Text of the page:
A bill, dubbed the Ohio Patriot Act, has reached the desk of Ohio Governor Taft that would allow police to arrest people who refuse to give their names, address and birth dates, even if they are not doing anything wrong. It would also open the door for mandatory ID checks in order to enter train and bus stations and airports.
In other news of the growing dictatorship:
Quoted from a Washington Post article - "Supreme Court nominee Samuel A. Alito Jr. once argued that the nation's top law enforcement official deserves blanket protection from lawsuits when acting in the name of national security, even when those actions involve the illegal wiretapping of American citizens, documents released yesterday show."
link to www.washingtonpost.com
The Patriot Act Amendments to HR3199 include a portion for creating a Secret Service Uniformed Devision. This "Secret Police" will have rights to warrantless arrest. They can be called upon by the president at special events of national significance, as determined by the President.
(1) When directed by the President, the United States Secret Service is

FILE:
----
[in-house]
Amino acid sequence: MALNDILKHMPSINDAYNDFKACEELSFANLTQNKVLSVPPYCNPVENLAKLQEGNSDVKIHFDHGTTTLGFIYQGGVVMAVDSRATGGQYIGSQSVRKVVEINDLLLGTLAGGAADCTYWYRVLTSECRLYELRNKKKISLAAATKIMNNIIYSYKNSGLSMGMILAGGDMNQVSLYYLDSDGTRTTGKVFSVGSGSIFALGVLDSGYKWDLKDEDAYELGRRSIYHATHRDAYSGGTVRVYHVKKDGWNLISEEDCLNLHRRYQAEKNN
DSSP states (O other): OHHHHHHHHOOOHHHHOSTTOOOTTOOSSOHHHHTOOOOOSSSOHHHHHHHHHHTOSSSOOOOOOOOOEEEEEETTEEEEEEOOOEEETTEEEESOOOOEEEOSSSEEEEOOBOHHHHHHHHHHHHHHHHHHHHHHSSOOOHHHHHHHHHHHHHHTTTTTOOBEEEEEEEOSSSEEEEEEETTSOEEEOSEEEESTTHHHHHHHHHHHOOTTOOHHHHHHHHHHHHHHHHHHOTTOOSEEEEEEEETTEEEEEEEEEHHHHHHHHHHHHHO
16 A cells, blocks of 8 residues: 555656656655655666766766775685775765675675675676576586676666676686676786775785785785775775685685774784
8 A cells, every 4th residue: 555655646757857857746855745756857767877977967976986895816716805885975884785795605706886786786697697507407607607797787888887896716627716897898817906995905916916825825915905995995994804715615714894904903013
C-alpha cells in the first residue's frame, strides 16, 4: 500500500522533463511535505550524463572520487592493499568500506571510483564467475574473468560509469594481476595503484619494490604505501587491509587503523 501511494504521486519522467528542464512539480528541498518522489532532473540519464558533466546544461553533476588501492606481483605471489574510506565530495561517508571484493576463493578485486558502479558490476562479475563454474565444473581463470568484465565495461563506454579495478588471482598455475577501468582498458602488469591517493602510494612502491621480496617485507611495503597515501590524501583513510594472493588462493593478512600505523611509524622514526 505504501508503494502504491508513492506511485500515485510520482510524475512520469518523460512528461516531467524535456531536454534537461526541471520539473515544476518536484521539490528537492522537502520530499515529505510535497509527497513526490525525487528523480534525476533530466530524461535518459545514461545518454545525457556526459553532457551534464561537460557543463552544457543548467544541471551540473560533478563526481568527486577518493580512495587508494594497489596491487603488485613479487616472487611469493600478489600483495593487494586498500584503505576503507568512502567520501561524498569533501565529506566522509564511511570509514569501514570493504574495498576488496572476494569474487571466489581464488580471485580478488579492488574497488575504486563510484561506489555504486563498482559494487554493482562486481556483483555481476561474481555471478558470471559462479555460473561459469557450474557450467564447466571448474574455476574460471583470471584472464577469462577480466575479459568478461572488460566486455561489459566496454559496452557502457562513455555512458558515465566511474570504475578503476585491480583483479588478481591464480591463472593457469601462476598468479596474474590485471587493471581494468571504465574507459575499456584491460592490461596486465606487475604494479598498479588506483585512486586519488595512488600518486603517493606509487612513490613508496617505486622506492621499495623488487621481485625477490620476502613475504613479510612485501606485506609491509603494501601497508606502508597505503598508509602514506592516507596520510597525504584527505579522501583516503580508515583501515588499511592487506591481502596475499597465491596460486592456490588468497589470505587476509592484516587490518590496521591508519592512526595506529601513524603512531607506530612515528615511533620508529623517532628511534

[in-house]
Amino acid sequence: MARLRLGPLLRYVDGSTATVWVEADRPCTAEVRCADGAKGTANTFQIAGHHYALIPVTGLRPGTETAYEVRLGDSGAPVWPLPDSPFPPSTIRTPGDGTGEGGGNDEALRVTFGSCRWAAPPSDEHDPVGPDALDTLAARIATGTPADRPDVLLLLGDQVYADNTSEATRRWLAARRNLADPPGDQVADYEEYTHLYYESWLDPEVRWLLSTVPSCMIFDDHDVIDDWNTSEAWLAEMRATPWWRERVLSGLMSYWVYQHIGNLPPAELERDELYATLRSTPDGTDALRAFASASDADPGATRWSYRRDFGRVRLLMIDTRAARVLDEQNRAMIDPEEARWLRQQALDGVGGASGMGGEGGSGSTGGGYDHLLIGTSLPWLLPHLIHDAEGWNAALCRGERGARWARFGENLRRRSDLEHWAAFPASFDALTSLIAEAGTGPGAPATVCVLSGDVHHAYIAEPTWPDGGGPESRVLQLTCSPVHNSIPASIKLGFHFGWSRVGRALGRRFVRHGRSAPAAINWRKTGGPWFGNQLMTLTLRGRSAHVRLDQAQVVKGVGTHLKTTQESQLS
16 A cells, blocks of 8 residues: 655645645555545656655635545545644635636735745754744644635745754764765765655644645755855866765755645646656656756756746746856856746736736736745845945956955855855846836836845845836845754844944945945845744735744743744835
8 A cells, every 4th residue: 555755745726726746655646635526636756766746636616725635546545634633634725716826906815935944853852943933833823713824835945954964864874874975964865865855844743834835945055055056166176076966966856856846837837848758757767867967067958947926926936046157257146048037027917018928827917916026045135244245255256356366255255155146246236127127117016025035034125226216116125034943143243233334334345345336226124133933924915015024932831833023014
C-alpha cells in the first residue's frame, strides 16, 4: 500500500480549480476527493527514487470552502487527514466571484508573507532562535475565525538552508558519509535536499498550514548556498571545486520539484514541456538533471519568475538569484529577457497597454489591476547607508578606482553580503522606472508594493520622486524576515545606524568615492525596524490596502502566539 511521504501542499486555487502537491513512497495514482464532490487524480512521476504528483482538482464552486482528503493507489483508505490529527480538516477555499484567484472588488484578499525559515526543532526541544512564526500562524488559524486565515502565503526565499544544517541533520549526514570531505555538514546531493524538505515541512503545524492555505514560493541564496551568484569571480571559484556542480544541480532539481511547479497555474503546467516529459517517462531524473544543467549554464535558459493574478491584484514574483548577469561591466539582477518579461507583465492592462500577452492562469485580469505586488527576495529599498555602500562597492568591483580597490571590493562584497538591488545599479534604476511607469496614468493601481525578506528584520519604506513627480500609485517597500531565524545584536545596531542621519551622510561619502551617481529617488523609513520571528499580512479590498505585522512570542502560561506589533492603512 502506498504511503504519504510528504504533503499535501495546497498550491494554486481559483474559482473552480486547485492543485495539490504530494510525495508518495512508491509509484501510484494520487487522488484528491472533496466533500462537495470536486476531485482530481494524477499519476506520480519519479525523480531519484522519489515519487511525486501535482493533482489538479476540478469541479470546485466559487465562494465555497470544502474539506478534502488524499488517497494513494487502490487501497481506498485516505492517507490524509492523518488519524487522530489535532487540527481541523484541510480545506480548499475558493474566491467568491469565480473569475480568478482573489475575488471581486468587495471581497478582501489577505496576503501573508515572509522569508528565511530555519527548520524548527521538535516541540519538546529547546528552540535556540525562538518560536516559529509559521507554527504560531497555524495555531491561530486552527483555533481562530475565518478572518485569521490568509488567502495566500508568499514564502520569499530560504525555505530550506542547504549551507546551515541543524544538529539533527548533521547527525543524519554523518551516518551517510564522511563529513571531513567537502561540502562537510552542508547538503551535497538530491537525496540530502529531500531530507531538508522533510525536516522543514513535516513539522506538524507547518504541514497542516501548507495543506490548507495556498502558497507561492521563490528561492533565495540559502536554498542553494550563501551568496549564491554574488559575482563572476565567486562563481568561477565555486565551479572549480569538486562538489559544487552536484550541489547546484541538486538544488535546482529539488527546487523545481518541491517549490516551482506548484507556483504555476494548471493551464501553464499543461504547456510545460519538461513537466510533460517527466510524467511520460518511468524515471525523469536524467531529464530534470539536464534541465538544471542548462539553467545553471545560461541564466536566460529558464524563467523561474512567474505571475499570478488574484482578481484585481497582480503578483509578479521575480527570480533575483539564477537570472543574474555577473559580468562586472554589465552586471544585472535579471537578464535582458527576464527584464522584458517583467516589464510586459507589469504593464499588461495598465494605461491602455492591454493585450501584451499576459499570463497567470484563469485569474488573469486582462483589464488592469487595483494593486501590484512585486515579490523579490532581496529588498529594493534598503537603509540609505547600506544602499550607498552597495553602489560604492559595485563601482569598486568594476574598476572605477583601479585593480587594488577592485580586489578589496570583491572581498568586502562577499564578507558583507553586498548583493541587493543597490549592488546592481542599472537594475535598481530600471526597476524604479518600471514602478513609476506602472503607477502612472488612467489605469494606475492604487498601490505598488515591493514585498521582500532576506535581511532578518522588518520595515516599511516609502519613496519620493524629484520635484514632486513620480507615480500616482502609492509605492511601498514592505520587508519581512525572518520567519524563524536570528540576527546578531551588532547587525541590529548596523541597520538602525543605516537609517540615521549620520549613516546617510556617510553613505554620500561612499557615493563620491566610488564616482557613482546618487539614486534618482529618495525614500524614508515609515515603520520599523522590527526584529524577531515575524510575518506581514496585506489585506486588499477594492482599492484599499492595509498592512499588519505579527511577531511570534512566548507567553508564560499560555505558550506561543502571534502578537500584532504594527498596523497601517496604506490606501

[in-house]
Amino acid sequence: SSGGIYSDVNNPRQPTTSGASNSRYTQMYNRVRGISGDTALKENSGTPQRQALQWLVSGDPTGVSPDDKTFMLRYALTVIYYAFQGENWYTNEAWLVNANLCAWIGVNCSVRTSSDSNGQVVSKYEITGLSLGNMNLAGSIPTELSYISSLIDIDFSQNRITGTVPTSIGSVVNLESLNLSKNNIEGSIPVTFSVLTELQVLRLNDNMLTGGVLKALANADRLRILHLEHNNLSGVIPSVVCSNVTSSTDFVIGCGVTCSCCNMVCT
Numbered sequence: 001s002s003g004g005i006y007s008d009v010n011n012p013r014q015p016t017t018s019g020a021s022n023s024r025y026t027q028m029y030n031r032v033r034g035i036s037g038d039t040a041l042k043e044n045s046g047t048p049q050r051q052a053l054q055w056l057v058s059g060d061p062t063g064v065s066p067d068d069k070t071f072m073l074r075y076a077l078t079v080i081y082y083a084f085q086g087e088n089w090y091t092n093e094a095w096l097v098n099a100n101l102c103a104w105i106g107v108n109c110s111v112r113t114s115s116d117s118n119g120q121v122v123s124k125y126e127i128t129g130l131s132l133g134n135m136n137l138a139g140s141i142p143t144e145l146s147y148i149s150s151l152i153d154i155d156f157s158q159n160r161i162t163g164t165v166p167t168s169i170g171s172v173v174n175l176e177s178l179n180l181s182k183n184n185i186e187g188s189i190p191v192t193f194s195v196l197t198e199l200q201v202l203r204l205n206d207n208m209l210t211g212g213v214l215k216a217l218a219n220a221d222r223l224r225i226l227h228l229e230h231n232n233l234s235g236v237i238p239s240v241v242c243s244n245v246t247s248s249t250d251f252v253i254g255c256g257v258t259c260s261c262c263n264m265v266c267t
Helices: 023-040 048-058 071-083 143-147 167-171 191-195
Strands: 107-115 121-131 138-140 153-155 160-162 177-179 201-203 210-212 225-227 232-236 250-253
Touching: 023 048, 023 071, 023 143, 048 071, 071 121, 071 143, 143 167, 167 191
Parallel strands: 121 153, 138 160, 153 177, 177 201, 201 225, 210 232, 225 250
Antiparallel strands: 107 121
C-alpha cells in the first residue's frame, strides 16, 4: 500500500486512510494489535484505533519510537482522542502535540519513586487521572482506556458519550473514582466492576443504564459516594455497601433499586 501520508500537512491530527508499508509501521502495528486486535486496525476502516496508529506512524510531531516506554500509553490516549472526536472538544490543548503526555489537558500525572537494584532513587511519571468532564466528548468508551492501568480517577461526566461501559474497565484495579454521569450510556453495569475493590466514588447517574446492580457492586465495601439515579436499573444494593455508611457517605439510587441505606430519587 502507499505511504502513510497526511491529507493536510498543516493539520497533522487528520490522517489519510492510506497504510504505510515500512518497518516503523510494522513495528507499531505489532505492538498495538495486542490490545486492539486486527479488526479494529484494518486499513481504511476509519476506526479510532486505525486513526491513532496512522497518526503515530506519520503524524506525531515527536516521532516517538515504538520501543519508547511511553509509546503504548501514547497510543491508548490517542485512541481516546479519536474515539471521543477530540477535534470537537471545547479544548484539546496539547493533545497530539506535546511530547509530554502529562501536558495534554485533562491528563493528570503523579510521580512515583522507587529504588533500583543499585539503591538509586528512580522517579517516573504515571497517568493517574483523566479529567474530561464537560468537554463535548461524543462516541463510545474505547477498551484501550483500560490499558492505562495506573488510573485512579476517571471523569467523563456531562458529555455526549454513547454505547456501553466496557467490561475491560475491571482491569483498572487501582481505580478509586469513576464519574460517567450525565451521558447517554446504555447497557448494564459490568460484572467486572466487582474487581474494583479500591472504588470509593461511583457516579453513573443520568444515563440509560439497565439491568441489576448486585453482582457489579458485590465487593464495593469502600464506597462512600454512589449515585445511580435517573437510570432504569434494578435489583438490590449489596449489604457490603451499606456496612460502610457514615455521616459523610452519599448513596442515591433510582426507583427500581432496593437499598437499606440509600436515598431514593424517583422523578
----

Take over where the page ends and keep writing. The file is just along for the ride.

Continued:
authorized to participate, under the direction of the Secretary of Homeland
Security, in the planning, coordination, and implementation of security
operations at special events of national significance, as determined by the
the entire text:
link to www.infowars.com
A former technology manager at a major telecommunications company said that since the Sept. 11 attacks, the leading companies in the industry have been storing information on calling patterns and giving it to the federal government to aid in tracking possible terrorists...
...Historically, the American intelligence community has had close relationships with many communications and computer firms and related technical industries. But the N.S.A.'s backdoor access to major telecommunications switches on American soil with the cooperation of major corporations represents a significant expansion of the agency's operational capability, according to current and former government officials.
Phil Karn, a computer engineer and technology expert at a major West Coast telecommunications company, said access to such switches would be significant. "If the government is gaining access to the switches like this, what you're really talking about is the capability of an enormous vacuum operation to sweep up data," he said.
link to www.nytimes.com